If you can copy a network without lifting your pen off the paper and without drawing any line twice, then it is traversable.
Decide which of these diagrams are traversable.
Can you make sense of these three proofs of Pythagoras' Theorem?
What fractions can you divide the diagonal of a square into by
What is the area of the quadrilateral APOQ? Working on the building
blocks will give you some insights that may help you to work it
Choose a couple of the sequences. Try to picture how to make the next, and the next, and the next... Can you describe your reasoning?
Euler discussed whether or not it was possible to stroll around Koenigsberg crossing each of its seven bridges exactly once. Experiment with different numbers of islands and bridges.
A little bit of algebra explains this 'magic'. Ask a friend to pick 3 consecutive numbers and to tell you a multiple of 3. Then ask them to add the four numbers and multiply by 67, and to tell you. . . .
It is impossible to trisect an angle using only ruler and compasses
but it can be done using a carpenter's square.
Imagine we have four bags containing a large number of 1s, 4s, 7s and 10s. What numbers can we make?
Try to solve this very difficult problem and then study our two suggested solutions. How would you use your knowledge to try to solve variants on the original problem?
This article extends the discussions in "Whole number dynamics I". Continuing the proof that, for all starting points, the Happy Number sequence goes into a loop or homes in on a fixed point.
Take any prime number greater than 3 , square it and subtract one.
Working on the building blocks will help you to explain what is
special about your results.
The first of five articles concentrating on whole number dynamics, ideas of general dynamical systems are introduced and seen in concrete cases.
Explore what happens when you draw graphs of quadratic equations
with coefficients based on a geometric sequence.
The country Sixtania prints postage stamps with only three values 6 lucres, 10 lucres and 15 lucres (where the currency is in lucres).Which values cannot be made up with combinations of these postage. . . .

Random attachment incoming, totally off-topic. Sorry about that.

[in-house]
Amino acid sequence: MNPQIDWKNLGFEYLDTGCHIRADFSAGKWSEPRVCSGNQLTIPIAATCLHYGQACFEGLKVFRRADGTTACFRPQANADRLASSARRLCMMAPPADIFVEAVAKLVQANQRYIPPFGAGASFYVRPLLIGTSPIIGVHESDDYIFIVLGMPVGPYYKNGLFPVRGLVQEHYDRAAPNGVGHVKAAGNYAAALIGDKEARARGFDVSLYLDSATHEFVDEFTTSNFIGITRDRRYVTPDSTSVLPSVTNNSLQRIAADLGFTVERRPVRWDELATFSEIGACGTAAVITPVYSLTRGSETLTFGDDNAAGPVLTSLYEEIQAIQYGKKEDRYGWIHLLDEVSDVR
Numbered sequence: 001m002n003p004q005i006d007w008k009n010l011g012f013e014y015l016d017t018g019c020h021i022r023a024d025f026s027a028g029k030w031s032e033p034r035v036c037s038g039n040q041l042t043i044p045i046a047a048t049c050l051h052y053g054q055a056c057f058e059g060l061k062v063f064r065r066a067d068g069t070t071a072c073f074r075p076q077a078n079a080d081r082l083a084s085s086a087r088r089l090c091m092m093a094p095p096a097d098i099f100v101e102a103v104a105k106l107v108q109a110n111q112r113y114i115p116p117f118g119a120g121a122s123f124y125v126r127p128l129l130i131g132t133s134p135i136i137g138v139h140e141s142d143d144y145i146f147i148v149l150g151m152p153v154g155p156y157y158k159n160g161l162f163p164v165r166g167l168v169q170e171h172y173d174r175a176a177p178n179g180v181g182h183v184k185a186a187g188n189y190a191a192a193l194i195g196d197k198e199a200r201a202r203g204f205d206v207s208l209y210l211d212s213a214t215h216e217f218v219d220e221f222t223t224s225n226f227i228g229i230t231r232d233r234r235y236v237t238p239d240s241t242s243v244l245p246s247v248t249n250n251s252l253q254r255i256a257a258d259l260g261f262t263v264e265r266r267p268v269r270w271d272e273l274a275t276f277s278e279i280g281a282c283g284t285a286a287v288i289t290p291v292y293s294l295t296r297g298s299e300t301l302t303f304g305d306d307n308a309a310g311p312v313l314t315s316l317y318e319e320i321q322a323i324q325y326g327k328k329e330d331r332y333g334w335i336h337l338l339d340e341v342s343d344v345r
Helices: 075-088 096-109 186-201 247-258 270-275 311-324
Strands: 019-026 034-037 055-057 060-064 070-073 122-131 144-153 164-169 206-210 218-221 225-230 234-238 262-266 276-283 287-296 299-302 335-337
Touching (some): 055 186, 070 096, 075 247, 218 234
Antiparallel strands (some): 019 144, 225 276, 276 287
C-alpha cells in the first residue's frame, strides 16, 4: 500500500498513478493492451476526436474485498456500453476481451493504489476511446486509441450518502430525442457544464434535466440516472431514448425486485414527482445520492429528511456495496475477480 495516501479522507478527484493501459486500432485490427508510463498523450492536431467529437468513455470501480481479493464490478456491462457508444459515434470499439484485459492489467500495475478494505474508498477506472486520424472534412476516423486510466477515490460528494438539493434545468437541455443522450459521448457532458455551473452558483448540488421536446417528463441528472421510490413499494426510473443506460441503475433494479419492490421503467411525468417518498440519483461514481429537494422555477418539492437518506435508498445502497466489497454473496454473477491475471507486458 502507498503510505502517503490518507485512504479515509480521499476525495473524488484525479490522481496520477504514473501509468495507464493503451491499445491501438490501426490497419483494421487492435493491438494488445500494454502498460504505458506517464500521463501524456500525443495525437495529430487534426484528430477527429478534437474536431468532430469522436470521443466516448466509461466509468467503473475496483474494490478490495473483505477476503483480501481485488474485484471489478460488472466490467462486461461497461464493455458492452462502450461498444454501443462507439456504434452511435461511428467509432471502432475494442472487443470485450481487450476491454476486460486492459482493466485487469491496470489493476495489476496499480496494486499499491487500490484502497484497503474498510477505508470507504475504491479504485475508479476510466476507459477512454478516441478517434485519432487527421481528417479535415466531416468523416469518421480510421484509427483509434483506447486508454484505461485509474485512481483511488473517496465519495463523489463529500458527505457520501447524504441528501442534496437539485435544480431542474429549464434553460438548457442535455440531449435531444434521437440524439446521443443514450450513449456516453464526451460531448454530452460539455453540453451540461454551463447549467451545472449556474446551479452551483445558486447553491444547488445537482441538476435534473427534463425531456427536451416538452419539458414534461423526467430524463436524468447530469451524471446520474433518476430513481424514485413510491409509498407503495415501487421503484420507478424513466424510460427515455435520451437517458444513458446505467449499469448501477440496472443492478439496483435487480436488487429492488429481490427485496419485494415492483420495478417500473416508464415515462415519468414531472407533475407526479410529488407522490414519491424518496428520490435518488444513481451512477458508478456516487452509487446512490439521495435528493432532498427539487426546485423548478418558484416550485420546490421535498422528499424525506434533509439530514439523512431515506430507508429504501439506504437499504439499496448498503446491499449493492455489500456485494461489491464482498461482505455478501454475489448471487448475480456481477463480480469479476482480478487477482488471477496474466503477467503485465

L triominoes can fit together to make larger versions of
themselves. Is every size possible to make in this way?
Caroline and James pick sets of five numbers. Charlie chooses three of them that add together to make a multiple of three. Can they stop him?
Show that if three prime numbers, all greater than 3, form an
arithmetic progression then the common difference is divisible by
6. What if one of the terms is 3?
A quadrilateral inscribed in a unit circle has sides of lengths s1, s2, s3 and s4 where s1 ≤ s2 ≤ s3 ≤ s4.
Find a quadrilateral of this type for which s1= sqrt2 and show s1 cannot. . . .
Can you make sense of the three methods to work out the area of the kite in the square?
I am exactly n times my daughter's age. In m years I shall be exactly (n-1) times her age. In m2 years I shall be exactly (n-2) times her age. After that I shall never again be an exact multiple of. . . .
Explore the continued fraction: 2+3/(2+3/(2+3/2+...)) What do you
notice when successive terms are taken? What happens to the terms
if the fraction goes on indefinitely?
Is the mean of the squares of two numbers greater than, or less
than, the square of their means?
Find the largest integer which divides every member of the
following sequence: 1^5-1, 2^5-2, 3^5-3, ... n^5-n.
The largest square which fits into a circle is ABCD and EFGH is a square with G and H on the line CD and E and F on the circumference of the circle. Show that AB = 5EF.
Similarly the largest. . . .